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Growth, innovation top priorities for superintendent

An educator who started his career teaching at Bishop Machebeuf High School 10 years ago is making his way back to Denver to serve as superintendent of the Archdiocese of Denver Catholic Schools.

Kevin Kijewski, 33, a Michigan native who taught economics, politics and history at Bishop Machebeuf from 2005-2007 will officially begin as superintendent July 1. Kijewski (pronounced Kiev-ski) will replace Richard Thompson who retired at the end of February after 14 years in the position.

“I see a lot of opportunity here,” Kijewski told the Denver Catholic while visiting the Mile High City Feb. 26 in advance of moving here in June with his wife Ashley. “The Archdiocese of Denver is known for its Catholicity. Archbishop (Charles) Chaput left it in great condition and Archbishop (Samuel) Aquila has carried that on.”

Kijewski is currently serving under Archbishop Chaput, archbishop of Denver 1997-2011, in the Archdiocese of Philadelphia as associate superintendent of secondary schools. Philadelphia has 17 high schools, educating some 14,000 secondary students. In the Archdiocese of Denver, he will head up 35 elementary schools and two high schools, representing a student body of nearly 11,000.

“Kevin brings a fresh perspective and great enthusiasm to our Catholic schools’ team,” said Father Randy Dollins, vicar general and moderator of the curia. “Our school system is facing some difficult challenges. We were looking for someone who could help us change the game.”

Kijewski said his number one priority will be growing the Catholic school system in the archdiocese.

“Catholic schools are the premier teaching center for the Church,” he said, and “innovation, growth and leadership” will be the three levers of his tenure.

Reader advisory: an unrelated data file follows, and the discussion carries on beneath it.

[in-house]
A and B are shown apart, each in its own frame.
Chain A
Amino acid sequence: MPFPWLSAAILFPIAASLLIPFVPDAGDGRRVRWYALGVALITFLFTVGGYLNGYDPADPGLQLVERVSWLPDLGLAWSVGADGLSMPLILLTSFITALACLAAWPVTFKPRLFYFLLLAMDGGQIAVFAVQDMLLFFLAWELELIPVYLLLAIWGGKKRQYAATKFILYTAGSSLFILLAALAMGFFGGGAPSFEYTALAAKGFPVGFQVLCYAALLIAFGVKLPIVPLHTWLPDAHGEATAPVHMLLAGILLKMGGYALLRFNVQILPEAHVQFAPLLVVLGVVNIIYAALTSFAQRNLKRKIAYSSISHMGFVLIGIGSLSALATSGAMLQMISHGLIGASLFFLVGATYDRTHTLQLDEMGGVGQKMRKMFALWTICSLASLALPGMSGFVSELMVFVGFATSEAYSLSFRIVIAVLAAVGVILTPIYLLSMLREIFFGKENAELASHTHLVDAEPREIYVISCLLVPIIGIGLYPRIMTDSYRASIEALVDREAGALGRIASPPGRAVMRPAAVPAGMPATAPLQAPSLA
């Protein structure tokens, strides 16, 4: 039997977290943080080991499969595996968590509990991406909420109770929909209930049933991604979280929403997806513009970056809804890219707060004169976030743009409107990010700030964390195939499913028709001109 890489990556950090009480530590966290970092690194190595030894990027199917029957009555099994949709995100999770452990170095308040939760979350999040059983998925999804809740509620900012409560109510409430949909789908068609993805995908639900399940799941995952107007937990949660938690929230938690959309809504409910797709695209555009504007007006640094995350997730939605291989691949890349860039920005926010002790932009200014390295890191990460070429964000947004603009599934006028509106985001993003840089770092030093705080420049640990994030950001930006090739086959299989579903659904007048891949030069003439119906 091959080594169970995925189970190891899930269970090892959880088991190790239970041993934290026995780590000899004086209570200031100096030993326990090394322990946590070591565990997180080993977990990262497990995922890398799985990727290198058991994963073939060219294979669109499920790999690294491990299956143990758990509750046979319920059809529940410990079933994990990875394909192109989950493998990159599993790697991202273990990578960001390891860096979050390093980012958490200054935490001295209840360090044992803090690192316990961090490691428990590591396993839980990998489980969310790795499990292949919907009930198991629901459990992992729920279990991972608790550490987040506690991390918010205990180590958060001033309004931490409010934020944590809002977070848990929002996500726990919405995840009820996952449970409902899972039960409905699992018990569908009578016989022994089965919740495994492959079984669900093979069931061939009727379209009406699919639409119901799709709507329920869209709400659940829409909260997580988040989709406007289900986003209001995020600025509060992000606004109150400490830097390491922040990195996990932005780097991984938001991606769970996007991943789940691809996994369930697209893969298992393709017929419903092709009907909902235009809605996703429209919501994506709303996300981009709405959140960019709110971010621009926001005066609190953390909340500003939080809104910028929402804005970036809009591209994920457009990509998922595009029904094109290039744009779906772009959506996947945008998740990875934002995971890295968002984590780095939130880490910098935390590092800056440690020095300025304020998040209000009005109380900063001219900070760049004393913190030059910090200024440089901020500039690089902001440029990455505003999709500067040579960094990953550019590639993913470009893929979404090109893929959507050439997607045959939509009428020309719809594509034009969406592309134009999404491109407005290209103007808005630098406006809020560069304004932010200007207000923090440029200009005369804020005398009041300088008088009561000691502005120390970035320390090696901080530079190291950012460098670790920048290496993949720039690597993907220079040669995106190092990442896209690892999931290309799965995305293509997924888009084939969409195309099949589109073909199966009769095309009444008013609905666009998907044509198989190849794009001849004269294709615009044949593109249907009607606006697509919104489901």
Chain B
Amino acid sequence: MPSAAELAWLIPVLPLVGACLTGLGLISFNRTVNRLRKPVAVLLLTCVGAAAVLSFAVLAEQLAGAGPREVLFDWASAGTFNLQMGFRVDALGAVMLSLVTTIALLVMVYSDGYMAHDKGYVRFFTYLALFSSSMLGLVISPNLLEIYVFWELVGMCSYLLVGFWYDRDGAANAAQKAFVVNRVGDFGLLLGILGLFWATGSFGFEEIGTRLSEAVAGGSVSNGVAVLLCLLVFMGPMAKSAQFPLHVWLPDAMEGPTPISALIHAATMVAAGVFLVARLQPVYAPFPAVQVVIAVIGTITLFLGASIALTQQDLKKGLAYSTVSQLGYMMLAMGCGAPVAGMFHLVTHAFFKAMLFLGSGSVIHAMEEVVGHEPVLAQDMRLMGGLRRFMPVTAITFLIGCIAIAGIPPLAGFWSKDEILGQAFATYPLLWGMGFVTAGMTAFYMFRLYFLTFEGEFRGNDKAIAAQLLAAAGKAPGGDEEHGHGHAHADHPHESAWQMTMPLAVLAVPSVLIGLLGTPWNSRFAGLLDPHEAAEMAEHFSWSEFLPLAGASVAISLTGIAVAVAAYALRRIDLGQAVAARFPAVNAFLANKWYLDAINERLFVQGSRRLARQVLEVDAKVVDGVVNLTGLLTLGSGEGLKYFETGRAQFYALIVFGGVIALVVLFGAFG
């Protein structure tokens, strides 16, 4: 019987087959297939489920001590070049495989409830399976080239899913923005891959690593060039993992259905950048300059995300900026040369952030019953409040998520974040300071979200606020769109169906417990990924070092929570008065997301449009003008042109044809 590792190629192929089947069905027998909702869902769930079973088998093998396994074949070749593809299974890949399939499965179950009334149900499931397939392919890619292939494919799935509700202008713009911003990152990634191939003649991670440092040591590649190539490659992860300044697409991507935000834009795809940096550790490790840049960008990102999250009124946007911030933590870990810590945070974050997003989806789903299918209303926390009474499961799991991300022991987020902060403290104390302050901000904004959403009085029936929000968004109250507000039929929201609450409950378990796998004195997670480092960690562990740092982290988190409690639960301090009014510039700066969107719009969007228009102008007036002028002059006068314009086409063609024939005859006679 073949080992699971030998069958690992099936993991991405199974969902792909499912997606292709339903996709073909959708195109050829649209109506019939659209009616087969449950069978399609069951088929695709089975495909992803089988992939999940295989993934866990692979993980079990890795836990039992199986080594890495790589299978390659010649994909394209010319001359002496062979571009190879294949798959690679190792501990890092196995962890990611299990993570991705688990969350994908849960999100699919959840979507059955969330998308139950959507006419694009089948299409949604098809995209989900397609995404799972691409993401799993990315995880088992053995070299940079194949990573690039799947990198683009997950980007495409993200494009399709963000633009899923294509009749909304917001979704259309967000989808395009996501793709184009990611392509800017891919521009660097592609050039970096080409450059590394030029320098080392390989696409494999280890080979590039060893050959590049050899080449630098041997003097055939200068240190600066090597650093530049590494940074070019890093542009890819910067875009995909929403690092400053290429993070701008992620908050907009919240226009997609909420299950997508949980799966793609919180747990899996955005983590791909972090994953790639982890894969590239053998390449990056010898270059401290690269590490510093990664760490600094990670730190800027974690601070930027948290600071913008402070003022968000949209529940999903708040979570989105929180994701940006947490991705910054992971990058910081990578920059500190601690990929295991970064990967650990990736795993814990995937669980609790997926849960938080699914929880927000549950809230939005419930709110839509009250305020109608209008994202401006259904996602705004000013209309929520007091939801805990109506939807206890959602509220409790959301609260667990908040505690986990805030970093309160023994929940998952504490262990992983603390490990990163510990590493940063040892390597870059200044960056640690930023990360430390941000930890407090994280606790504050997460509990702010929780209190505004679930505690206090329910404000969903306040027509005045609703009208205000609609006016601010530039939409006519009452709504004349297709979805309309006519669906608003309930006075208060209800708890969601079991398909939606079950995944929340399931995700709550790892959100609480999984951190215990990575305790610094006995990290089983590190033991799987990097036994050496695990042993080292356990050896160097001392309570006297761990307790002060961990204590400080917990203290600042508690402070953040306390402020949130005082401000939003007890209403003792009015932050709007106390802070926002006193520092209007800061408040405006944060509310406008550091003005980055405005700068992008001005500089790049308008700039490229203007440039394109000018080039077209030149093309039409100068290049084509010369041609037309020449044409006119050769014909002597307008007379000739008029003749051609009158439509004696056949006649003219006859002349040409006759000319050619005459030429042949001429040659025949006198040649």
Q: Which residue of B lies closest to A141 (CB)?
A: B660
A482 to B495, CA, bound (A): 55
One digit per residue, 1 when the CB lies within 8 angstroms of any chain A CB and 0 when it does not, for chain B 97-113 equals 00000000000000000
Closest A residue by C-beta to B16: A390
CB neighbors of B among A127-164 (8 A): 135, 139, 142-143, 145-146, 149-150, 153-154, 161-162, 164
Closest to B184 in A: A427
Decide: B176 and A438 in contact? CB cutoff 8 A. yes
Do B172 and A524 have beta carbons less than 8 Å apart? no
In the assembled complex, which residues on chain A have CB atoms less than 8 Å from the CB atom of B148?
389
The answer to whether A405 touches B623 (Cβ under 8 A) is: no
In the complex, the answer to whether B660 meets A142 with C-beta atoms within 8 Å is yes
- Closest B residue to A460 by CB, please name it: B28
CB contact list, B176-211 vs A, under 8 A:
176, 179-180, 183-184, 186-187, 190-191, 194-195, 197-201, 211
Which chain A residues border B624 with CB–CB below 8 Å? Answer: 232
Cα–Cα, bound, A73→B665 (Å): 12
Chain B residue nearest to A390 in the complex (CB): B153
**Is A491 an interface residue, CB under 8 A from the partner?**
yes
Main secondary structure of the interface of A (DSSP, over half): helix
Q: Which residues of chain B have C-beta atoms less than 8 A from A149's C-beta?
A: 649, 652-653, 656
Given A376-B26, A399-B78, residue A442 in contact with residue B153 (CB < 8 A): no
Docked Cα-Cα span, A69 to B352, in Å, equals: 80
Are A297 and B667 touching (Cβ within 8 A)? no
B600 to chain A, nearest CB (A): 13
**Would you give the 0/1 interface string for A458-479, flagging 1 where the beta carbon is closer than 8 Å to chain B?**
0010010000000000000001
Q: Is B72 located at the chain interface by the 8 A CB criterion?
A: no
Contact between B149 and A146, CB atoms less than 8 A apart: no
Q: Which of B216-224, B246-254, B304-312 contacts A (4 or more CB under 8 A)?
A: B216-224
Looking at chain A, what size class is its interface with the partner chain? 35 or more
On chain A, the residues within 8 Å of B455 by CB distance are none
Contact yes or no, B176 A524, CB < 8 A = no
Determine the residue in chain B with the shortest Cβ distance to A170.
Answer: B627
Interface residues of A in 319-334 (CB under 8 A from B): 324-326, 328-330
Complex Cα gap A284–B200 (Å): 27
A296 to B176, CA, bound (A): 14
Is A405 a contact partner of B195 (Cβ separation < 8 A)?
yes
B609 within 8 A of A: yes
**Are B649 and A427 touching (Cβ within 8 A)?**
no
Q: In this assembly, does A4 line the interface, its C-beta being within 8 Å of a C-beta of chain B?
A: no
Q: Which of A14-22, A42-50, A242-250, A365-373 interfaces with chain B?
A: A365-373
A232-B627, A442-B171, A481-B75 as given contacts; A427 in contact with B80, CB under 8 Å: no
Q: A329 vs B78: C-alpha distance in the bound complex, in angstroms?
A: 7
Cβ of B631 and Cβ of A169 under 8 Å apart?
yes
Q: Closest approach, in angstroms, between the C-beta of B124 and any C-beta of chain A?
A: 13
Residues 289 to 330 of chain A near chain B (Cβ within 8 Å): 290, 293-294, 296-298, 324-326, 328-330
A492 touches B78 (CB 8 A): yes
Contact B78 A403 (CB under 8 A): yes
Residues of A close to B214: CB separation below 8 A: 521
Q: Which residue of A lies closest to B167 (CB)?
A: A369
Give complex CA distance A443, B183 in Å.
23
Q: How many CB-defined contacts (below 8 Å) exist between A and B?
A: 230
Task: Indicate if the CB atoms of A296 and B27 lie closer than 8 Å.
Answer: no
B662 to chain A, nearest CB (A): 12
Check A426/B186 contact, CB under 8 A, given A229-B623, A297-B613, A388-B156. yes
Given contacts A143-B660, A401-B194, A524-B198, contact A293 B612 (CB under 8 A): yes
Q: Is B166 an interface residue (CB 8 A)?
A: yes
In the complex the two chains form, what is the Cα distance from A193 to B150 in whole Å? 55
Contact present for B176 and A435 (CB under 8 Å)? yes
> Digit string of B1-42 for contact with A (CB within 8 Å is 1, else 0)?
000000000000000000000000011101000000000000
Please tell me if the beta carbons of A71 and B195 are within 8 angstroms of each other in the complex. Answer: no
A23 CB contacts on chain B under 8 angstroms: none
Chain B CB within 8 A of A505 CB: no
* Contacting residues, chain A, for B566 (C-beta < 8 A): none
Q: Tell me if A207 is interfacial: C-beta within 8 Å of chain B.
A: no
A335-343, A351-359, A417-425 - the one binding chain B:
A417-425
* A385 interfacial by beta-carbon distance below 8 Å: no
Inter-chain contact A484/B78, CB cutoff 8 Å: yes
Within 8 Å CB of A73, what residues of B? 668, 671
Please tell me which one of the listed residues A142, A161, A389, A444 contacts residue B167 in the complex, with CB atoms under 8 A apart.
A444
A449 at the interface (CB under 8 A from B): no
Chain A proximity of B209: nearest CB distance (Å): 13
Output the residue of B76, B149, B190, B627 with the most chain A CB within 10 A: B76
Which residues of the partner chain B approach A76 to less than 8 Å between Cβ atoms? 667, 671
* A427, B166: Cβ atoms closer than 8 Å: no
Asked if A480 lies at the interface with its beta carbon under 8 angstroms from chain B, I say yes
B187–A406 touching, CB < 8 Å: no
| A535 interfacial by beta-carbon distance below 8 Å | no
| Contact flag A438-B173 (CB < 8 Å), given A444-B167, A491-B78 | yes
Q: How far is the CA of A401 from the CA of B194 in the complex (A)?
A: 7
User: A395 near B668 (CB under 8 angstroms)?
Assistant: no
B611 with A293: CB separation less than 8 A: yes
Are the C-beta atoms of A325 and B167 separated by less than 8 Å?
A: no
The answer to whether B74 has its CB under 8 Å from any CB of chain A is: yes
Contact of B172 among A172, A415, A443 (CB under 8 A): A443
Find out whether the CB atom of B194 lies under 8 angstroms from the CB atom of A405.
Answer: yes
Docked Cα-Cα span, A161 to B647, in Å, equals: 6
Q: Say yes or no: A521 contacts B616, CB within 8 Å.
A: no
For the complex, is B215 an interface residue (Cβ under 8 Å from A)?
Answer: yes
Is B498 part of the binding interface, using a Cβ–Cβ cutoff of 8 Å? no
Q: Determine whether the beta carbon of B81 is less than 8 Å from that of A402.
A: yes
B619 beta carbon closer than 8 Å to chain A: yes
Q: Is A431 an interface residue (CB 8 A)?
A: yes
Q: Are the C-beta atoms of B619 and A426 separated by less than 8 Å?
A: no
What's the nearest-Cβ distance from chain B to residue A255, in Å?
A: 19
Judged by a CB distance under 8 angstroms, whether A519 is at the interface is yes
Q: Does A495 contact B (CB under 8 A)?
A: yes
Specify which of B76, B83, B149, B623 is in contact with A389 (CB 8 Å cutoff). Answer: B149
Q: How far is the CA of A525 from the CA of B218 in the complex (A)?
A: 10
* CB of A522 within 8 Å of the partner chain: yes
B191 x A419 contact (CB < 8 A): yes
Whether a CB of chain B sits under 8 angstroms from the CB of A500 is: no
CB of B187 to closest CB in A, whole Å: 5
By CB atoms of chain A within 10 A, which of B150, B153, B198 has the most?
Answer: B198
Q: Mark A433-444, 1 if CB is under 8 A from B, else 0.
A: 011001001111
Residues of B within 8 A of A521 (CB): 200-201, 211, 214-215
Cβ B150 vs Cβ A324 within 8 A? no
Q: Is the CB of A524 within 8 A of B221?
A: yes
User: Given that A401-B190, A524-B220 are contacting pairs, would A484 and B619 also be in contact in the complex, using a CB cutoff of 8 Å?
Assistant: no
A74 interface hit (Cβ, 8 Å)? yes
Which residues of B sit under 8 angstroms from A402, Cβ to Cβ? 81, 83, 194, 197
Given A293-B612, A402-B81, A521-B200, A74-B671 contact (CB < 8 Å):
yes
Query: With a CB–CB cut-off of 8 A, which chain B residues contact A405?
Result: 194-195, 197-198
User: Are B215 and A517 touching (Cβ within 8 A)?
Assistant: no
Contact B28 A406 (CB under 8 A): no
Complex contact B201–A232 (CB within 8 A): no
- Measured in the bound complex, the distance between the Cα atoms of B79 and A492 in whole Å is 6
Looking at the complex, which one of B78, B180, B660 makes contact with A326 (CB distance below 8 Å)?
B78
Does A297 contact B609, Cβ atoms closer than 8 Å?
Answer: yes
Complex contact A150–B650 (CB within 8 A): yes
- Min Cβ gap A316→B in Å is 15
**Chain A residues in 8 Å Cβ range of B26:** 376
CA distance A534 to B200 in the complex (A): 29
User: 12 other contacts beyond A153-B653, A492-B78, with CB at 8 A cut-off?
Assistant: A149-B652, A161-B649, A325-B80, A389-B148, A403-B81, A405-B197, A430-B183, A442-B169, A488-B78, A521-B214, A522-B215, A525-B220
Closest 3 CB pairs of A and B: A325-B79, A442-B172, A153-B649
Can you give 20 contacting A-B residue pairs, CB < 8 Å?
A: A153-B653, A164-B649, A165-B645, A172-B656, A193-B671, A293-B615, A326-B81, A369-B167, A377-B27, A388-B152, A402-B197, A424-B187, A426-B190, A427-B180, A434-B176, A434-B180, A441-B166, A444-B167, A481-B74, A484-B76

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Also among his priorities are specifically increasing the Hispanic enrollment in schools, continued responsible fiscal management, meeting the schools’ funding needs, and strategic investments and philanthropy.

“We can do things in a brand new way,” he said. “There is ‘no box’ anymore. We have to expect a culture of growth.”

Archbishop Samuel Aquila agreed, saying, “His vision for Catholic schools is right in line with my vision.”

Catholic education exists to educate children in the faith, Kijewski explained, and to develop the whole person.

“The predominant reason (Catholic schools exist) is to get kids to heaven,” he said, “We’re not just a collection of buildings with crucifixes on the walls.”

They are “sacred places” that aim to develop adults that raise families, and succeed in rewarding careers.

He said his philosophy could be summed up as “heaven first, Harvard second and hoops a distance third.”

Kijewski originally landed at Bishop Machebeuf in 2005 while participating in the University of Notre Dame’s Alliance for Catholic Education (ACE) program.

“I was the first ACE teacher here,” he explained. “Now there are 49 ACE alums in Denver schools, the third biggest group of ACE alums.”

Through ACE, teachers and administrators serve in a select Catholic school for two years, and during that time complete a curriculum that results in a master’s in education from Notre Dame. While at Bishop Machebeuf, he prepared an application that obtained the school a place on the Catholic High School Honor Roll, as well as named it among Denver’s Top 15 High Schools as ranked by 5280 magazine.

Kijewski holds a doctor of jurisprudence degree from Michigan State University and worked as an attorney in the Detroit metro area for three years before taking the position in Philadelphia in 2013. He previously served as the dean of business administration and professor of economics at Baker College in Allen Park, Mich., and taught economics, politics and legal courses at Northwood University and Lansing Community College. He also holds a bachelor of art degree in American history from the University of Detroit and a master’s in economics from Walsh College in Troy, Mich.


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